33. And finally, “If you need food, go to a food pantry. Periodt.”
“Too many people see questions about whether or not they ‘should’ go to a food pantry, and they internalize an impression of ‘Food pantries are for people who are not like me who need food more than I do.’ Well, that internalization can’t be more incorrect. Community members are giving to this pantry or this soup kitchen in the hopes that YOUR life improves because of it.
“Food banks do not care how much money you make, what you drive, where you live, whether you’re single, in a marriage, in a dorm, living with a roommate, or if you have 15 children. They don’t care if you have nice pots and pans or if you are using tinfoil over a burner to heat up your food. They do not judge and they do not care.
“You do not have to be in misery to qualify for a food bank or for your local soup kitchen. If getting food will help you pay your rent or your utility bill, go get food. If getting food means you can buy a birthday present for your kid or your dad that you would otherwise be unable to buy, go get food. If getting food means you eat three times a day instead of two, go get food. If getting food means you can actually put some money away in an emergency fund this month instead of skating by yet again without preparing for the future, go get food.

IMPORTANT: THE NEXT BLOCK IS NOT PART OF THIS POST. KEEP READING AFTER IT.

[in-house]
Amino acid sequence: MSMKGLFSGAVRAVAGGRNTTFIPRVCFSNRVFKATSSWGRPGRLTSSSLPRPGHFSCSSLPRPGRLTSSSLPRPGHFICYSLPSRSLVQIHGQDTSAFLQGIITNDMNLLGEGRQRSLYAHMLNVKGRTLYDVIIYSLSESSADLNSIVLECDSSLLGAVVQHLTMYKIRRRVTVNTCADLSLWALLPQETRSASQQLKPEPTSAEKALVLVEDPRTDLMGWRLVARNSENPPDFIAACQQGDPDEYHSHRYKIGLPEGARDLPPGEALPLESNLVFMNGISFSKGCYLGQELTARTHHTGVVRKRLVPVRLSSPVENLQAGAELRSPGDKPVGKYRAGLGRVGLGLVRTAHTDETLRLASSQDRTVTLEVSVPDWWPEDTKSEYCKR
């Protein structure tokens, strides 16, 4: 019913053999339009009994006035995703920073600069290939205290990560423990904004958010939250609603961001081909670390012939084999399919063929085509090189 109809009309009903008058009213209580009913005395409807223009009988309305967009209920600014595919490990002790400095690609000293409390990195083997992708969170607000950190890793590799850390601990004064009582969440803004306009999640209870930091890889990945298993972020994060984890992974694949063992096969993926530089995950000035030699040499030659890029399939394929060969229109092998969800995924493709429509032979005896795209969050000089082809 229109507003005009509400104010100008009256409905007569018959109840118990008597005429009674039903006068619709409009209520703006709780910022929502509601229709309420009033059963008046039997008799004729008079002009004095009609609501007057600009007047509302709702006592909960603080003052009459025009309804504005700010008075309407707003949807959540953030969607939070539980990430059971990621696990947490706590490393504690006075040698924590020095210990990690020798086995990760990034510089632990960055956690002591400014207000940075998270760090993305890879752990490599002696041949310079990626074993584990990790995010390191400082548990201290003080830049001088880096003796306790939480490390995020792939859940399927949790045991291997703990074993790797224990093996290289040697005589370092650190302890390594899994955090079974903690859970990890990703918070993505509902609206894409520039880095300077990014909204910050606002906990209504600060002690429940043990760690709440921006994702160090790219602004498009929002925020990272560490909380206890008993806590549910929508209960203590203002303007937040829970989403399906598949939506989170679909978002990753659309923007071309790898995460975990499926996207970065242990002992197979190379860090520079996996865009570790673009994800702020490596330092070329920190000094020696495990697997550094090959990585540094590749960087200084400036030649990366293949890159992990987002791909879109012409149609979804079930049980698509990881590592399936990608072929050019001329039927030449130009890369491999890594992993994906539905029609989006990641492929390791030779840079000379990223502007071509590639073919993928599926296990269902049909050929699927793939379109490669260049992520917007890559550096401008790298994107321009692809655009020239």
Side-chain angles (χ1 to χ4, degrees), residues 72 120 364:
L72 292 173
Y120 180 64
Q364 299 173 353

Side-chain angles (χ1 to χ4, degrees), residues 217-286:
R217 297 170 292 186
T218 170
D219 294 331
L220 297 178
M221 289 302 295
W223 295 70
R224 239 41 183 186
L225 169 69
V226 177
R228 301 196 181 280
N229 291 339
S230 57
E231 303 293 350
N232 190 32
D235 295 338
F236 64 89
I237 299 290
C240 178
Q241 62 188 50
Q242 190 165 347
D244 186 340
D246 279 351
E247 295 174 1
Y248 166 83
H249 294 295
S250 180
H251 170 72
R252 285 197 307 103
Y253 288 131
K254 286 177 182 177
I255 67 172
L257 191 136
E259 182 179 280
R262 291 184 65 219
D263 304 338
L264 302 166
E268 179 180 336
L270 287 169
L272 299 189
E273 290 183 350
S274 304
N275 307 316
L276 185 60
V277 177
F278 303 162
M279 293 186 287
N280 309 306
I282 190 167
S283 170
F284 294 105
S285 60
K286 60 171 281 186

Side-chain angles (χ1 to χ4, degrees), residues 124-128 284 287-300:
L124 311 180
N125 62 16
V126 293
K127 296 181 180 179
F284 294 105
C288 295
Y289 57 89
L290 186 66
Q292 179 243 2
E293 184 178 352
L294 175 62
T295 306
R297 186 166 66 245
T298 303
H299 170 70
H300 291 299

“And if you go get food and you still feel that it’s something you don’t deserve or that you’re taking from someone else, then give back. Find a place to volunteer your time to ensure that someone or something else in your community gets a brighter future, even if it’s just one day every few months. Use the resources that your community offers you to help provide you with some breathing room, and use that momentum for a better tomorrow.”